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Two years ago, over dinner, three colleagues and I told anecdotes about our college-age students and advisees, all members of Generation Z. One anecdote featured the young woman who told me that she and her friends hated their humanities classes. Writing papers for history, literature, or philosophy classes, she explained, required too much self-reflection, for which she would have to sit quietly alone with her thoughts "for at least 15 minutes." She and her peers much preferred classes that encouraged group problem-solving, like the code-writing courses offered by the computer science department. The tidiness of the answers in a code-writing exercise, arrived at in collaboration with others, seemed to her not just more satisfying but more educationally relevant.

Another anecdote concerned a group of students, around 80 in number, who decided to protest the lack of diversity in faculty hiring at the university. The students came together through a collaboratively drafted Google Doc, permitting often-anonymous edits until no one had anything more to add. Someone came up with a name for the group, which all agreed to adopt, but no one stepped up to be the leader: Naming a leader would have violated the students' shared commitment to the absolute equality of all. As a result, the university's administration found itself having to address the same demands over and over again, as different students showed up for meetings. No one student would speak for any other. This was a group in name and number, but a series of individuals in action.

As we told each other these anecdotes, we realized we felt like journalists reporting from a foreign culture. The attitudes and behaviors we were describing seemed very odd to us: Wasn't college supposed to be about self-reflection, and weren't groups supposed to have leaders? These suppositions had been widely shared when we were all in college but are not necessarily shared by the students of today. We asked ourselves whether this was evidence of a broader generational gulf that might explain why we felt so confused, just as visitors to other countries are often confused by local customs and values.

Given our disciplinary backgrounds in sociology, cultural history, linguistics, and anthropology, our conversation soon turned to questions of social science. What if these behaviors and attitudes were adaptations to significant technological and social changes? What had these young people experienced as they were growing up in the topsy-turvy years following the introduction of the Internet in 1995 and in the wake of the Great Recession of 2008–09? How did those experiences during their formative years affect their expectations about how their lives would unfold?

These questions turned into the "iGen Project," a multidisciplinary, cross-national study that would ask college-age students to tell us more about themselves. To date, our research has led to in-depth interviews with over 100 college students in or near the universities where our team members work: Lancaster University in northern England, and Stanford University and Foothill Community College, both in Silicon Valley. We will add voices of members of Generation Z who are not enrolled in college through a broad-based survey that we will carry out in the coming months. (It is interesting to note that the Pew Research Center reports that the 18- to 20-year-old members of Generation Z are more likely than Millennials to have finished high school and to enroll in college.)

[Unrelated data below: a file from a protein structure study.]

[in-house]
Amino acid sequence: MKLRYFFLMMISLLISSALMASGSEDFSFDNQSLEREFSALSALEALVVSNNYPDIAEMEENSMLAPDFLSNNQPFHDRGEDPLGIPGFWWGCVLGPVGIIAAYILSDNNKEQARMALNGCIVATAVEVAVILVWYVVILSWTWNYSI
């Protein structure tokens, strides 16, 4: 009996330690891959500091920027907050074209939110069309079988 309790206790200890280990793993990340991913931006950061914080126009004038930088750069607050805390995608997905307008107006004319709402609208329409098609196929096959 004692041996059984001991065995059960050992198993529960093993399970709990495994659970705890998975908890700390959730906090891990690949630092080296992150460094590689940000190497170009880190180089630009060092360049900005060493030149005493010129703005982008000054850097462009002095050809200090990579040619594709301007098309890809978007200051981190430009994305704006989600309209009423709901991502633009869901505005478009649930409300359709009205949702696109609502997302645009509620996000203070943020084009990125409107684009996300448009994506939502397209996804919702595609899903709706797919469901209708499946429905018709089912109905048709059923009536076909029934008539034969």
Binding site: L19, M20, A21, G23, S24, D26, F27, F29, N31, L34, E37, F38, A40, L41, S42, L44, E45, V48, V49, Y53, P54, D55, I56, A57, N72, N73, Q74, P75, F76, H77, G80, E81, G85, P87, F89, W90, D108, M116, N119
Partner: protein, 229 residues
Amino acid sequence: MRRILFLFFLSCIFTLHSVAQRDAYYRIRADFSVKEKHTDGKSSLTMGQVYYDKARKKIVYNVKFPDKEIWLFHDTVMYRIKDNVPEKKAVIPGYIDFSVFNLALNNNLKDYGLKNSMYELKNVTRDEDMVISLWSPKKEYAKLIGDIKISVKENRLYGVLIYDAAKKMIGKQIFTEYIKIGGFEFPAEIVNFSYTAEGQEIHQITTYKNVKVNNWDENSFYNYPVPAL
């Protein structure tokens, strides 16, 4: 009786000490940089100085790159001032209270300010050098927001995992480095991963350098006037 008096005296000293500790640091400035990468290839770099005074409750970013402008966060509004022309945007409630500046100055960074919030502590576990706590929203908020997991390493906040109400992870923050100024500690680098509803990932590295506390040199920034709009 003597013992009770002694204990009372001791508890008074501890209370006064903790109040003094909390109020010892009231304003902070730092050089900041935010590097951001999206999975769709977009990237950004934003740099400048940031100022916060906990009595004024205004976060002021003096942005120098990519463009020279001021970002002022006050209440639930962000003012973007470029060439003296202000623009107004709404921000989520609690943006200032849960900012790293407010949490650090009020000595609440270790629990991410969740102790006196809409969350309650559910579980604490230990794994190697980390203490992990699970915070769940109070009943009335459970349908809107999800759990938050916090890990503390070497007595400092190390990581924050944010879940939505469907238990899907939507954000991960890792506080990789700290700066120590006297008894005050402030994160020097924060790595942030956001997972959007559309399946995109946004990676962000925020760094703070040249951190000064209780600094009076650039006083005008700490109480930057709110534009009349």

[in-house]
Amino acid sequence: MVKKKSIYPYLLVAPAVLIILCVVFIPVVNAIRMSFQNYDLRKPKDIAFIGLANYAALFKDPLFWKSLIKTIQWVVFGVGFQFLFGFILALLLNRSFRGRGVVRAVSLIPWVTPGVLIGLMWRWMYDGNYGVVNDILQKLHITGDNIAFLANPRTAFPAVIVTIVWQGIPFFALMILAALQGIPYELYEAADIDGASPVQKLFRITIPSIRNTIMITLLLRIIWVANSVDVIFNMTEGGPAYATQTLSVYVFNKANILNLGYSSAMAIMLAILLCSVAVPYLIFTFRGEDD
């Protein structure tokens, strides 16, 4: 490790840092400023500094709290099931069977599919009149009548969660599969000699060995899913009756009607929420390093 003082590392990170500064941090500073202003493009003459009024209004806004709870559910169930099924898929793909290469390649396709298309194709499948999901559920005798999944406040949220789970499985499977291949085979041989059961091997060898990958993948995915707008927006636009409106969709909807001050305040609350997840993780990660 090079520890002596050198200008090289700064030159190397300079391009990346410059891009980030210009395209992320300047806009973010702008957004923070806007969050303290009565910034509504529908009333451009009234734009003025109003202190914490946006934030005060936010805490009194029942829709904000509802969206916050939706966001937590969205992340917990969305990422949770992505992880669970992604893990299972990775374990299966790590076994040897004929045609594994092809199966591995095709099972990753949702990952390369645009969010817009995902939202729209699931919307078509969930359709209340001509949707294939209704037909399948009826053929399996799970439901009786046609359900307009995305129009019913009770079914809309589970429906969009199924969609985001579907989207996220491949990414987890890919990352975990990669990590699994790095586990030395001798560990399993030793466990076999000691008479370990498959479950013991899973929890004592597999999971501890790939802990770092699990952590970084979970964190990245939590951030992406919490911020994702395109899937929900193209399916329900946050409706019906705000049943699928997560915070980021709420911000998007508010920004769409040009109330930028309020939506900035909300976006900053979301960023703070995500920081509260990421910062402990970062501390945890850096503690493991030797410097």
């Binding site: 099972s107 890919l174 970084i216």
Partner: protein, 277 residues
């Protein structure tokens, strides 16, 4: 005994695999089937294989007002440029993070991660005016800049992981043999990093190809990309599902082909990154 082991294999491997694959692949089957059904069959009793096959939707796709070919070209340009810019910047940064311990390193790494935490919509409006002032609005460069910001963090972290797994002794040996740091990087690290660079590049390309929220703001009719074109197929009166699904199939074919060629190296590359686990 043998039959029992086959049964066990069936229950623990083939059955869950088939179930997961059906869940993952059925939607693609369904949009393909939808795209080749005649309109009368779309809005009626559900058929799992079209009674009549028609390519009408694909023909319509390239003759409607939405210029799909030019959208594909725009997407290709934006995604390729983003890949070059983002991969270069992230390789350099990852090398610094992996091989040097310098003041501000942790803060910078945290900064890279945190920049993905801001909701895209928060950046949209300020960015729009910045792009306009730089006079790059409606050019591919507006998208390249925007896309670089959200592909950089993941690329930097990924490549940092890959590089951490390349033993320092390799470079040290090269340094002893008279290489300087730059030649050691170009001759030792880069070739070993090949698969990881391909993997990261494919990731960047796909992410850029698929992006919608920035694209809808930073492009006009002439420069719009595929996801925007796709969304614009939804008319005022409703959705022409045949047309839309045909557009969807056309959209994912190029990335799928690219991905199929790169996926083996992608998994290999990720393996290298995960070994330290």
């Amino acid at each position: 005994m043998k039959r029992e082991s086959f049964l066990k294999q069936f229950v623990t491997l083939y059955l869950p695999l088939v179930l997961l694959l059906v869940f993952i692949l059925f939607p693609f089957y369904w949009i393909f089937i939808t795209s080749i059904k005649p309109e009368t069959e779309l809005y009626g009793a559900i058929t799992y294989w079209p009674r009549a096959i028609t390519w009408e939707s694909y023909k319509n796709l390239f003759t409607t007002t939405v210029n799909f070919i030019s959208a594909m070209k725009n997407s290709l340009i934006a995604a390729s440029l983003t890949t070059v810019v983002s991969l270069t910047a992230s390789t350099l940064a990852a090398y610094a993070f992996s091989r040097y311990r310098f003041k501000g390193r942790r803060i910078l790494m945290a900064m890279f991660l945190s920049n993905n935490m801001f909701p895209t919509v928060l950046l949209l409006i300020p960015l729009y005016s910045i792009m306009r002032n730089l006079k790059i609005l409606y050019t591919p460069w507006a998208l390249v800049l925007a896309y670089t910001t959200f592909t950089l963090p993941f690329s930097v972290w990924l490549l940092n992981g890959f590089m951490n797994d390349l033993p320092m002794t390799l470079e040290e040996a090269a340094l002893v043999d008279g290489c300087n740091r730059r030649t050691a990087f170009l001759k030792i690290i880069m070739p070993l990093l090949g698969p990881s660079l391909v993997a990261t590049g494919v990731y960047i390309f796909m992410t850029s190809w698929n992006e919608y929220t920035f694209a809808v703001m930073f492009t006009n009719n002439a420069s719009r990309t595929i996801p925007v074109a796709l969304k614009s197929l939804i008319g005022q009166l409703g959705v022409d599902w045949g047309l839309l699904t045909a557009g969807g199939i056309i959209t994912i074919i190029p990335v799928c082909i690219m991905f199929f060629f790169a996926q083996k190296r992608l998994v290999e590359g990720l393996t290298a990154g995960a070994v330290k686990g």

In the interviews, we asked the students to tell us how they spend their time, what they value, and how they generally see the world around them. While our research is not yet complete, we have already learned a lot, including that the stories we shared with each other at that dinner two years ago were hardly unique. Our interviewees have told us they place considerable emphasis on finding their own identities and respecting the identities of others. They defend diversity and equality and want to correct injustices based on identity. They turn to peers and the Internet for advice and community, and to their parents for comfort and support. They are pragmatic problem solvers, relying on a range of digital devices, apps, and networks for speed and efficiency. They zero in on what is "relevant" in order to sort through vast quantities of information or multiple options. And they like to work in collaboration with others, with or without a leader. If someone does step up to lead, they expect that person to guide or influence but not to direct, so that all members of the group retain their personal agency.